Keywords: Cultural Goods; Economic Value of the Activities; Private's Attitudes; Risks of Distortions.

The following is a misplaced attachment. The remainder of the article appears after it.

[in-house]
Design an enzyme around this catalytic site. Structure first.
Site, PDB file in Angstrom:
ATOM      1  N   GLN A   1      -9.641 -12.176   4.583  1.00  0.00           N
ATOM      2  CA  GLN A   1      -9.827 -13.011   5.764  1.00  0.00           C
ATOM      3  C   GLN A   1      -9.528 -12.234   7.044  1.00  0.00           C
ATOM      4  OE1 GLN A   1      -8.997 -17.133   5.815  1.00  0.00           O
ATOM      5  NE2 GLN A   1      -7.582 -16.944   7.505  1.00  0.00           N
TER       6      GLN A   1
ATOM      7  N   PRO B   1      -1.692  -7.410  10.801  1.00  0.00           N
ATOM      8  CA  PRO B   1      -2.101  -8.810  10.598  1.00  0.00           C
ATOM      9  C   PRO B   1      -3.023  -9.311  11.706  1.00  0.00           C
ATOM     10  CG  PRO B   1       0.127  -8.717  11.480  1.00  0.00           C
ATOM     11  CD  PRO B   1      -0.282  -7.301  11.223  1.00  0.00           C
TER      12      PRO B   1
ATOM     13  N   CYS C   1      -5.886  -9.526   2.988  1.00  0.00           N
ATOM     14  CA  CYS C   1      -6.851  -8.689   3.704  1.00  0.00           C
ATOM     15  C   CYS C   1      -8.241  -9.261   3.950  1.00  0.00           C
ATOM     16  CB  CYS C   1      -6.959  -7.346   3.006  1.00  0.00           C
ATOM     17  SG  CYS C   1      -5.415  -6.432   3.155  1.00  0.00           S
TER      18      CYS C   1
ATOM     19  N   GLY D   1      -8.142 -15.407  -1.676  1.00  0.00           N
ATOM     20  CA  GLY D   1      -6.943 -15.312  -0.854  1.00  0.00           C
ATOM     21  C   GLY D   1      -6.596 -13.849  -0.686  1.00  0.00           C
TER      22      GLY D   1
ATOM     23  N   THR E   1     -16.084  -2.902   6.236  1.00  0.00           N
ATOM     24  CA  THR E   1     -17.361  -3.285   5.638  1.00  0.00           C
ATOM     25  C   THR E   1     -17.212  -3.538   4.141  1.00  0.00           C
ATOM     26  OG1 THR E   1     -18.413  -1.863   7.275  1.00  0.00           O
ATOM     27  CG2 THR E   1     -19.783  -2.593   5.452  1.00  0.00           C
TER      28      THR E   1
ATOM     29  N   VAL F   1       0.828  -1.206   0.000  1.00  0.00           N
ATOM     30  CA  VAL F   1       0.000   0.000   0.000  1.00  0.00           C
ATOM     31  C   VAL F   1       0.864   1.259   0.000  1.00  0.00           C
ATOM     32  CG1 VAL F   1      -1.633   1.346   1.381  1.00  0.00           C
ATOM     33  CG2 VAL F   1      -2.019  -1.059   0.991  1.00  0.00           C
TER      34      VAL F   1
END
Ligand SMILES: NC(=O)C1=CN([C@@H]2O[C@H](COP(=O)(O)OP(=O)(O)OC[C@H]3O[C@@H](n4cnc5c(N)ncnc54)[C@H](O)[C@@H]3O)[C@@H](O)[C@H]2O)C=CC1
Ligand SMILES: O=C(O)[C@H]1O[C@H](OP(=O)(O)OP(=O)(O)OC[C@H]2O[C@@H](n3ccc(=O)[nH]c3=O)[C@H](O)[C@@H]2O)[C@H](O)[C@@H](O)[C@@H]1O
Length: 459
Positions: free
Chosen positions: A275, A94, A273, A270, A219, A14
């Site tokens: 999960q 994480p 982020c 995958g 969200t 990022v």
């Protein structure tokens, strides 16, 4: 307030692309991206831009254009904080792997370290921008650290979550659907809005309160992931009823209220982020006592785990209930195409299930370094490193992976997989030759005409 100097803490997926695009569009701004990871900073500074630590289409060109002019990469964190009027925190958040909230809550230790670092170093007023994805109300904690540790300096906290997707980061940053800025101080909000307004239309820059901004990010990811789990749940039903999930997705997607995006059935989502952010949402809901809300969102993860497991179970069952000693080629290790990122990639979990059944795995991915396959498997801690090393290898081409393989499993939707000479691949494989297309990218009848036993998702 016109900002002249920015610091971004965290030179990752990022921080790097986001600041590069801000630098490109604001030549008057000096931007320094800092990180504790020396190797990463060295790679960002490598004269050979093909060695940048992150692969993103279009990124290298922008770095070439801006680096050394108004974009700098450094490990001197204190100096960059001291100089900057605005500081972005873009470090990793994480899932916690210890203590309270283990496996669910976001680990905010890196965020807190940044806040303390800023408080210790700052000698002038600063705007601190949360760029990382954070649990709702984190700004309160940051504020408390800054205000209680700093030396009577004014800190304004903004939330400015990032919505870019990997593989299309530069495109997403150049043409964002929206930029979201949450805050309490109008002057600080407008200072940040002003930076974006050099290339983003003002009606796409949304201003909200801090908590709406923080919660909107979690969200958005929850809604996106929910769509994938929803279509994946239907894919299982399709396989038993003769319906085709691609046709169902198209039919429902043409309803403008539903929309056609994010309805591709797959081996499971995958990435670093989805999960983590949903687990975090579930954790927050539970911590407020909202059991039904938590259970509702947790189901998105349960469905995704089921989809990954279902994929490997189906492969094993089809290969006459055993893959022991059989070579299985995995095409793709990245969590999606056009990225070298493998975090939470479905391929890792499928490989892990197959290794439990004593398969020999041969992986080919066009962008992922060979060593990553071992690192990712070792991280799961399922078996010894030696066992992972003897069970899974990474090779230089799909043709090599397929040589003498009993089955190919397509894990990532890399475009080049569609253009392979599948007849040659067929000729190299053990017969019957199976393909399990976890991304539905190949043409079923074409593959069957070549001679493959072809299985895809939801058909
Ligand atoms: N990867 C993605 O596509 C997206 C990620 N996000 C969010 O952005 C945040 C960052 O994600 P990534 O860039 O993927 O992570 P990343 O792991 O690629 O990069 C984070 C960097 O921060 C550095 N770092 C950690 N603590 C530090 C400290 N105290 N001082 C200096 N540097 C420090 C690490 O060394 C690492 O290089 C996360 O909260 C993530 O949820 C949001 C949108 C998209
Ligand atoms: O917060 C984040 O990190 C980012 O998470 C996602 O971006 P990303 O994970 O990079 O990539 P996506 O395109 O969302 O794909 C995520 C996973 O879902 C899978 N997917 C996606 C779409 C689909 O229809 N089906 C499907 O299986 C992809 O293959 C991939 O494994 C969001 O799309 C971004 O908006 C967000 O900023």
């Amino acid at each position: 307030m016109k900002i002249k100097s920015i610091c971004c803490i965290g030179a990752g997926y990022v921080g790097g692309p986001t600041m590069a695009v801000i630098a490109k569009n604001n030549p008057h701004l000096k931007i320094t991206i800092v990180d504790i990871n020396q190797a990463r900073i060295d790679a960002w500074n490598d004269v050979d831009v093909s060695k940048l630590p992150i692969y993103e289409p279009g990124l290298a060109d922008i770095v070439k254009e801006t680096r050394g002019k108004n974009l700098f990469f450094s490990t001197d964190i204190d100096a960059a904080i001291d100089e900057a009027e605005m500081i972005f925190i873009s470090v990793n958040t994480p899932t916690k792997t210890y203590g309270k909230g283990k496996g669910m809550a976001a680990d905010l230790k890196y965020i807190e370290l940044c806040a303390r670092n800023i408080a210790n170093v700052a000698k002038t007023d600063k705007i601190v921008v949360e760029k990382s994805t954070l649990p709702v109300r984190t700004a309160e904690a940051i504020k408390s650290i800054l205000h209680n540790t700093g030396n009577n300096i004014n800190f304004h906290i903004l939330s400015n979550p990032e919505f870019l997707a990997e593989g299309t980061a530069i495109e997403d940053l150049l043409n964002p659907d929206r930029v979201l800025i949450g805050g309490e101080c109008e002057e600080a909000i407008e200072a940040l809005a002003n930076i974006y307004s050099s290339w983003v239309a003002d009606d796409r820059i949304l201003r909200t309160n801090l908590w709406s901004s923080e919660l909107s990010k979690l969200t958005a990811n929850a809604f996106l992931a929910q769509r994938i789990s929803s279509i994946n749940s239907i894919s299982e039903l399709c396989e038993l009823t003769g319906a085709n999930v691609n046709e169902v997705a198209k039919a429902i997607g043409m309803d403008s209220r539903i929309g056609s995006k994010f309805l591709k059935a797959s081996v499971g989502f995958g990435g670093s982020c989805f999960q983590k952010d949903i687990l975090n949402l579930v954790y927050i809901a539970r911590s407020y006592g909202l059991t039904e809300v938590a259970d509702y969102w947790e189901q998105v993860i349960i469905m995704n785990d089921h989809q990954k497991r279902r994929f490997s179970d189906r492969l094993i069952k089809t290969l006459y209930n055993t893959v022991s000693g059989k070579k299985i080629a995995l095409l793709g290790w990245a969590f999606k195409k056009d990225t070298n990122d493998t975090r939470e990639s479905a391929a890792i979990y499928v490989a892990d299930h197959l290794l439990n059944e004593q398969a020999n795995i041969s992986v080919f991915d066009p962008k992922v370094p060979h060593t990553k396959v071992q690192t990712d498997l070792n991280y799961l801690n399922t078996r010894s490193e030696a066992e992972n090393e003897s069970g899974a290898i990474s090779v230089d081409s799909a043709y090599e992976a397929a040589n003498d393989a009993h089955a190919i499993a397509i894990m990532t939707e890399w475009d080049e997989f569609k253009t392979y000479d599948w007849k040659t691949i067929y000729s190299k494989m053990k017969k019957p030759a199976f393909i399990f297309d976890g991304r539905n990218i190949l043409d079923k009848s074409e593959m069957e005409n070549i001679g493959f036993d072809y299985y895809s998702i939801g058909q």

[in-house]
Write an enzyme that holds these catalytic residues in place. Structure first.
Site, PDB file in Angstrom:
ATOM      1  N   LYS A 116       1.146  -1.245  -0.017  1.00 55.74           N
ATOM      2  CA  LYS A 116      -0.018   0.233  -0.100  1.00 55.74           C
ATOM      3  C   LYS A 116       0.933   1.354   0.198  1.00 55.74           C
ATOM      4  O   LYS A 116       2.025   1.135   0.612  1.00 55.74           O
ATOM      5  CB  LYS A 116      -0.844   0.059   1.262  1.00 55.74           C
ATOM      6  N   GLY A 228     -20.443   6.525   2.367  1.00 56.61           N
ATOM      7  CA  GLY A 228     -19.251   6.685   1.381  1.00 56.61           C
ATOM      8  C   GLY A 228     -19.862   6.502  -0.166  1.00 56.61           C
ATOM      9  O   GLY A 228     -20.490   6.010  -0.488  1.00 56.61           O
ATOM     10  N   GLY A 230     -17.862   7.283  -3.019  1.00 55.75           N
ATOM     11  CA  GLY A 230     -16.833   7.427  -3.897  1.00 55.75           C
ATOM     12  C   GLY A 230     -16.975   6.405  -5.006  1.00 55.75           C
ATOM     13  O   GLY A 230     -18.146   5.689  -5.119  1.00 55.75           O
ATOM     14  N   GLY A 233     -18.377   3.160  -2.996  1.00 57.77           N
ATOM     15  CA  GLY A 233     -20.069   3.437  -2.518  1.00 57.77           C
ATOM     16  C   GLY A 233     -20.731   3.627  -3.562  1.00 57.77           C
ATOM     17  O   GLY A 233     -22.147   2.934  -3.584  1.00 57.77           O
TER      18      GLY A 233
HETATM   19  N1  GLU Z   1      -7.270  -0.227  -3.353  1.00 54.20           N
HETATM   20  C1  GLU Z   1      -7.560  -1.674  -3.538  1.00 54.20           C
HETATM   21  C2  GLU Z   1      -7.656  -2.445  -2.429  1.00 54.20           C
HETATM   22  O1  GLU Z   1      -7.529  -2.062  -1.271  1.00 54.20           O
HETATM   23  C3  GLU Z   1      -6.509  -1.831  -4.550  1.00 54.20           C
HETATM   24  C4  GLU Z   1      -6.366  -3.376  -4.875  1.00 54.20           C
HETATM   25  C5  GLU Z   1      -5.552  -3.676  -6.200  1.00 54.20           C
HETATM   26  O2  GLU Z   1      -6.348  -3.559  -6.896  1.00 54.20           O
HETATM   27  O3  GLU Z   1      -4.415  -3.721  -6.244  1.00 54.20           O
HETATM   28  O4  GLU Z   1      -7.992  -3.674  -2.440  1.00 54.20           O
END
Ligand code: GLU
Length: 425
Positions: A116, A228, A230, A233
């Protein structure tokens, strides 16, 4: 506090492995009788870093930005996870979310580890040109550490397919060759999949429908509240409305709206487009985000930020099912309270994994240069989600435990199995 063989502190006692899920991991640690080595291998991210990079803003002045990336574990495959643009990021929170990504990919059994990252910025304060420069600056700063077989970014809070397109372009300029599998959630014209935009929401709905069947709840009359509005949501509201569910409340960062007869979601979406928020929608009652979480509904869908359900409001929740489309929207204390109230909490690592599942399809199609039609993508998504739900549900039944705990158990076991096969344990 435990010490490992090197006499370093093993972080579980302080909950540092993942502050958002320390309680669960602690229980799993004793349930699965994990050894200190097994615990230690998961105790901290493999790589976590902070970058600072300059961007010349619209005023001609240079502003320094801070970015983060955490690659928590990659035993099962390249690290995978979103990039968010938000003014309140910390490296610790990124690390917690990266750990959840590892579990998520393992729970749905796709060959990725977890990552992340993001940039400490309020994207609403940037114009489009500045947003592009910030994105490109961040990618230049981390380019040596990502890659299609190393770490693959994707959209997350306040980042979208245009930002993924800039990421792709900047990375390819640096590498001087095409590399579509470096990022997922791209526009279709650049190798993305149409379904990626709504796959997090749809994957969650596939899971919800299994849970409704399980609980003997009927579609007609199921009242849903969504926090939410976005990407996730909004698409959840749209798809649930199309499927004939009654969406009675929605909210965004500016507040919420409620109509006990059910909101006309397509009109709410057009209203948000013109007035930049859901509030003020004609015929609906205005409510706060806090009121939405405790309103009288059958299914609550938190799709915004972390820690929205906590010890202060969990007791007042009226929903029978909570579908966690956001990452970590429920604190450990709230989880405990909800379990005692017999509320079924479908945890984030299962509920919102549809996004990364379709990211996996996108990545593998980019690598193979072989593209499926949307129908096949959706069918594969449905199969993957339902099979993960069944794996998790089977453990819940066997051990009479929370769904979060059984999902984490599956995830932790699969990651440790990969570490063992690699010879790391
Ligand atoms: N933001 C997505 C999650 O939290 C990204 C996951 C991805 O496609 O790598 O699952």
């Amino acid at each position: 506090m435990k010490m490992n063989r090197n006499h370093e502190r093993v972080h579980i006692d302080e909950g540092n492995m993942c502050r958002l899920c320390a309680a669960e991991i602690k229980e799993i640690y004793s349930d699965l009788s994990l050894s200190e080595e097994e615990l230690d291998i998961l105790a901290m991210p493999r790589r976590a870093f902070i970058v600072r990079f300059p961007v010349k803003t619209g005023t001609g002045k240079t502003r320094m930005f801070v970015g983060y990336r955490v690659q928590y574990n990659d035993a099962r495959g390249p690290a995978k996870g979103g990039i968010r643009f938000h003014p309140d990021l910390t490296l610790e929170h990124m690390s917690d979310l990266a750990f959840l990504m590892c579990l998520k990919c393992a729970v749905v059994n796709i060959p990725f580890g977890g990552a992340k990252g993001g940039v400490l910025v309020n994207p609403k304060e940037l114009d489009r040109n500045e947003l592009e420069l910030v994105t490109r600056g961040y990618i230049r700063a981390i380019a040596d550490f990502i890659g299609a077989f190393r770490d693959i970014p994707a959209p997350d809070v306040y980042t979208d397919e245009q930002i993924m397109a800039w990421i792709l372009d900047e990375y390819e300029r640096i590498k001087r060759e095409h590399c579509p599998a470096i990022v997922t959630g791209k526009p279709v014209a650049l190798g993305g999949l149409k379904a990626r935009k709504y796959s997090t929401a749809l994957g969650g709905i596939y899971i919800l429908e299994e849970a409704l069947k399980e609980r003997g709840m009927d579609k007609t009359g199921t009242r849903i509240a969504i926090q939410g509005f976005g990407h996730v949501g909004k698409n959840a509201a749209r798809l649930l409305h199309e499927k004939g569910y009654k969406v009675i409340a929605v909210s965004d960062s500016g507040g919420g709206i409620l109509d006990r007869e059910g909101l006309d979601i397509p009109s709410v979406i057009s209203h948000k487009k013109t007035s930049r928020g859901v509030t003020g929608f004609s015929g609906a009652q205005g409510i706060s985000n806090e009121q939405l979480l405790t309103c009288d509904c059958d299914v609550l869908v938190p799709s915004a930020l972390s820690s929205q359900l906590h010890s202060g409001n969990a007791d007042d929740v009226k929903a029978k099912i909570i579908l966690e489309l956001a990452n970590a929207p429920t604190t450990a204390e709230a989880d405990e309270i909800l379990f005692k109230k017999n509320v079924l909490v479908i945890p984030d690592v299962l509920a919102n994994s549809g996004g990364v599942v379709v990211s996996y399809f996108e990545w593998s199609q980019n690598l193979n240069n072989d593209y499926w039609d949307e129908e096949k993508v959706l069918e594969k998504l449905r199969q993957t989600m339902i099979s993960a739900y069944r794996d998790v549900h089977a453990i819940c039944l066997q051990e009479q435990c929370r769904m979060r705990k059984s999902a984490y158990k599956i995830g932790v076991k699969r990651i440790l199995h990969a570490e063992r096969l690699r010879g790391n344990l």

The intangible dimension of cultural heritage is not confined to public dignity that is at the basis of their public law regime (legal immaterial); but also includes, almost always, an economic value, often overlooked or understated by the jurist (economic immaterial). It is reductive to consider the only economic value of the oppositional property. There are other news economic interests that use the temporary availability of cultural goods, but does not require the onerous property. Not necessarily this economic utility is in conflict with the public aim: indeed, sometimes it is in apparent support to that. The attitude of the individuals involved in the management or development of cultural heritage can be dative or acquisitive, with significant echo on various public law purposes and risks of significant distortions in the second case. This reveals the difference between cultural valorization and economic valorization and their possible conflict and demand a realistic update of the dual theory of the cultural good.